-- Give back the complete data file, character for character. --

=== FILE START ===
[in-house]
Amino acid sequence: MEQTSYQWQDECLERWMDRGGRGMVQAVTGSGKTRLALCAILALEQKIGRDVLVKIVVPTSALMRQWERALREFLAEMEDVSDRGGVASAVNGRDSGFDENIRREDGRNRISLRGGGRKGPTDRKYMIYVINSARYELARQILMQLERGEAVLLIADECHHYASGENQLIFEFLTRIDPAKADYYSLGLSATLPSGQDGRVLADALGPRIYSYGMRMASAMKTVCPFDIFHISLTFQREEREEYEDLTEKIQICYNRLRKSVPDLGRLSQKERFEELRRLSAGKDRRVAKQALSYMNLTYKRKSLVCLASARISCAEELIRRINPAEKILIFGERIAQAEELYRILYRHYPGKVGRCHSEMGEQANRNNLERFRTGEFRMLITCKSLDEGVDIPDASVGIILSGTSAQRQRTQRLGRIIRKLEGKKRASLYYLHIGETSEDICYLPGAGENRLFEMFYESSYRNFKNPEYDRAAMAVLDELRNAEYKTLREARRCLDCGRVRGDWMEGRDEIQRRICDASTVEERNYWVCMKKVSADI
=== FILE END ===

[in-house]
Amino acid sequence: MEQTSYQWQDECLERWMDRGGRGMVQAVTGSGKTRLALCAILALEQKIGRDVLVKIVVPTSALMRQWERALREFLAEMEDVSDRGGVASAVNGRDSGFDENIRREDGRNRISLRGGGRKGPTDRKYMIYVINSARYELARQILMQLERGEAVLLIADECHHYASGENQLIFEFLTRIDPAKADYYSLGLSATLPSGQDGRVLADALGPRIYSYGMRMASAMKTVCPFDIFHISLTFQREEREEYEDLTEKIQICYNRLRKSVPDLGRLSQKERFEELRRLSAGKDRRVAKQALSYMNLTYKRKSLVCLASARISCAEELIRRINPAEKILIFGERIAQAEELYRILYRHYPGKVGRCHSEMGEQANRNNLERFRTGEFRMLITCKSLDEGVDIPDASVGIILSGTSAQRQRTQRLGRIIRKLEGKKRASLYYLHIGETSEDICYLPGAGENRLFEMFYESSYRNFKNPEYDRAAMAVLDELRNAEYKTLREARRCLDCGRVRGDWMEGRDEIQRRICDASTVEERNYWVCMKKVSADI